Together, we’re motivated by the shared belief that this economic shift represents a chance to help close the opportunity gap in the US. According to NationSwell’s Chief Executive Officer, Greg Behrman, “There are many unemployed or underemployed people who are eager for work, but repeatedly turned away from jobs because something’s missing — the right four-year degree, the right experience, or a perfect resume without any gaps. Every step we take to close the opportunity gap benefits our communities.” 

Seeded by Autodesk Foundation’s investment, the NationSwell collaboration aimed to rethink existing hiring approaches and drive more inclusive practices in industries creating thousands of middle-skill green jobs. The work investigated key roles and workforce development practices in industries that sit at the crux of innovation and the creation of middle-skill green jobs: manufacturing, clean energy (solar power and electric vehicles, in particular), and Environmental, Social and Governance (ESG) compliance.  

Further, by speaking directly with an ecosystem of stakeholders in Indigenous, Appalachian, and Midwestern communities that have the most to gain from support for more equitable career pathways, we were able to better understand the needs of jobseekers impacted by the economic transition and identify ways in which funders in this space can help accelerate change.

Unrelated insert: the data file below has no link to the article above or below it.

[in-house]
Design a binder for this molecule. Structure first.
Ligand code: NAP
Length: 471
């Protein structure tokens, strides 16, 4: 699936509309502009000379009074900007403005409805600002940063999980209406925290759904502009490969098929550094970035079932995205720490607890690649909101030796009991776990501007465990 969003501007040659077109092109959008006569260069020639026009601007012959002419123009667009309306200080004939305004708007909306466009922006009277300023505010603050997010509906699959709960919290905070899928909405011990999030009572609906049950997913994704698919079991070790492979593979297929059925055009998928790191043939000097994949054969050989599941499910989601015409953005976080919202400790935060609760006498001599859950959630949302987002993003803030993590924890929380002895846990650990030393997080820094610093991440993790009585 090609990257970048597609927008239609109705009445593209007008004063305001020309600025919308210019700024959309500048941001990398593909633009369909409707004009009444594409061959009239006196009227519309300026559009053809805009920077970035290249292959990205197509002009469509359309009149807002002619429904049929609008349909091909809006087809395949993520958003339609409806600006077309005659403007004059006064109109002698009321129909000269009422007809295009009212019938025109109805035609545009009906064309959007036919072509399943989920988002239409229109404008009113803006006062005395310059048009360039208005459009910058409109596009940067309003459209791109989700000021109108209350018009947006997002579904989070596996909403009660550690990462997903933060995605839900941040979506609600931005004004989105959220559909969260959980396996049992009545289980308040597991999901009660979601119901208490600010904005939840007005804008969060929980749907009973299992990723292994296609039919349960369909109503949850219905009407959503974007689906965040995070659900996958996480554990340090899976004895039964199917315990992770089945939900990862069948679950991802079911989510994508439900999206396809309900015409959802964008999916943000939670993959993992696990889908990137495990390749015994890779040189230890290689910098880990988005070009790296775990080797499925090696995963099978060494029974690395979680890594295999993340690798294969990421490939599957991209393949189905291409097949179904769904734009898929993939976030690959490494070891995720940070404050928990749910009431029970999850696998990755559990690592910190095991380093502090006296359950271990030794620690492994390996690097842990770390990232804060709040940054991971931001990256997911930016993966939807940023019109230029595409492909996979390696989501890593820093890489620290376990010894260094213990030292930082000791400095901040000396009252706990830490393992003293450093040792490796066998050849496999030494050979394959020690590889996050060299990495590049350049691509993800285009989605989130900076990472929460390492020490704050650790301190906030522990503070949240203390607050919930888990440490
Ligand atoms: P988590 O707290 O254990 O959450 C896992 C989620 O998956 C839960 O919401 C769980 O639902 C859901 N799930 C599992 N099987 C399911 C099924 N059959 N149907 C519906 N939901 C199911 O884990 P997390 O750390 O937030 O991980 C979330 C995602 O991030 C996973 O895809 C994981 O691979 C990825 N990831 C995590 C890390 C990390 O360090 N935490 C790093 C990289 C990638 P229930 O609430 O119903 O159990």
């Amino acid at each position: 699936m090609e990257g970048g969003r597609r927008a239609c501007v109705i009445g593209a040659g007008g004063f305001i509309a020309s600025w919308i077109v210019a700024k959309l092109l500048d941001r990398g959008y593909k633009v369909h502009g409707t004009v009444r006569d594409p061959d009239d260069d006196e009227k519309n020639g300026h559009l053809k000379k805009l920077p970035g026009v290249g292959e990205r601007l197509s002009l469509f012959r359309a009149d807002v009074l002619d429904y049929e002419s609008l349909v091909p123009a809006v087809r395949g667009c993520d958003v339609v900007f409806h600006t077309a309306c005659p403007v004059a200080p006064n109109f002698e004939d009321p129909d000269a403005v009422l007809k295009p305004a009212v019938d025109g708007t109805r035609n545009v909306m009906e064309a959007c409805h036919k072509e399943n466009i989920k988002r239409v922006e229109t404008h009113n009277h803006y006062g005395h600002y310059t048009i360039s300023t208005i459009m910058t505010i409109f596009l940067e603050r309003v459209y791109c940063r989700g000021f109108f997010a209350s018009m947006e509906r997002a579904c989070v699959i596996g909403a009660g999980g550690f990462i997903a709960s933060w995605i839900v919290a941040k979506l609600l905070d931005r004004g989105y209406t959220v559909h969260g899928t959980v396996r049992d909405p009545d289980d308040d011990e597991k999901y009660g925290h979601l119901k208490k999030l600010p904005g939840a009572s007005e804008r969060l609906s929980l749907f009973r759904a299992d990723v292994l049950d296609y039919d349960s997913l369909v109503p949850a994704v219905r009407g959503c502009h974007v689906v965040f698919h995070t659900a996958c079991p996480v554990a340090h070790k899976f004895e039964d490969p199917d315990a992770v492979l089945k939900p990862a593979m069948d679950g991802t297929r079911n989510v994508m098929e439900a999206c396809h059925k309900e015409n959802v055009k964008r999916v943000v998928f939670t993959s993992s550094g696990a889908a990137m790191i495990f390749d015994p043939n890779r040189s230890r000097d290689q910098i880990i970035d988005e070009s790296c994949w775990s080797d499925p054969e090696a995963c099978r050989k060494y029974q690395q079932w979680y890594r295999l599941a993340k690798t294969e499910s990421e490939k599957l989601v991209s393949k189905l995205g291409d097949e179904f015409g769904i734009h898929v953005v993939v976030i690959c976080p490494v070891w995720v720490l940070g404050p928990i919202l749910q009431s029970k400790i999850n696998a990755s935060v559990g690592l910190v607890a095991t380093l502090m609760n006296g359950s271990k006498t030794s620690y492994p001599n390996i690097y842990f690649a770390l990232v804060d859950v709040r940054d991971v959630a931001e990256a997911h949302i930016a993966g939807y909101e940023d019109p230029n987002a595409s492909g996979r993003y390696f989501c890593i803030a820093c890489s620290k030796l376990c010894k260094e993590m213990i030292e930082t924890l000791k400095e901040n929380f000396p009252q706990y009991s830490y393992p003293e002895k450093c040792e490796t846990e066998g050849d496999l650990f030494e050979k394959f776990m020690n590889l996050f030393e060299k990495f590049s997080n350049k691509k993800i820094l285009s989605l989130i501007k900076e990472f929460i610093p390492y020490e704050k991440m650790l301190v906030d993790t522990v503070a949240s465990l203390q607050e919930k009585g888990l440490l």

Employee operates 5-axis machine

The research provided a few key insights that can not only impact Autodesk Foundation’s investment strategy, but we hope will inspire change in the communities we serve. Takeaways include: 

  1. Pathways into middle-skilled “green” roles are opaque and often include many barriers to entry, including the need for academic qualifications or expensive credentials.
  2. Employers for the middle-skill roles seek and value on-the-job experience, and in practice, they often will not hire entry-level talent without at least five years of experience.
  3. One of the key barriers to underserved talent growing in these careers is the lack of ongoing support that acknowledges life circumstances. 

What struck me most about these findings, are the straightforward ways corporations can change their behavior to support more inclusive hiring practices and green job growth. Reducing barriers to entry, investing in early career talent, and providing wellbeing services for employees, all play a role in bridging the gap for diverse workers. And while this supports green workers, it’s good practice for all workers. 

These are useful lessons as Autodesk looks to further invest in helping our customers, communities, and employees thrive in the era of automation. They can inform how we create an equitable future where technology creates a smarter, not a smaller workforce.  

Yet the findings also show there’s much work to be done to achieve a more inclusive talent pipeline in the green economy.   

We can’t achieve a sustainable, resilient, and equitable world alone. But we’re excited to do our part to ensure Autodesk people and technology are part of the solution. We welcome you to join us in investing in new approaches to inclusive hiring for a low-carbon economy. 

Head here for more on the Just Transition Collaborative.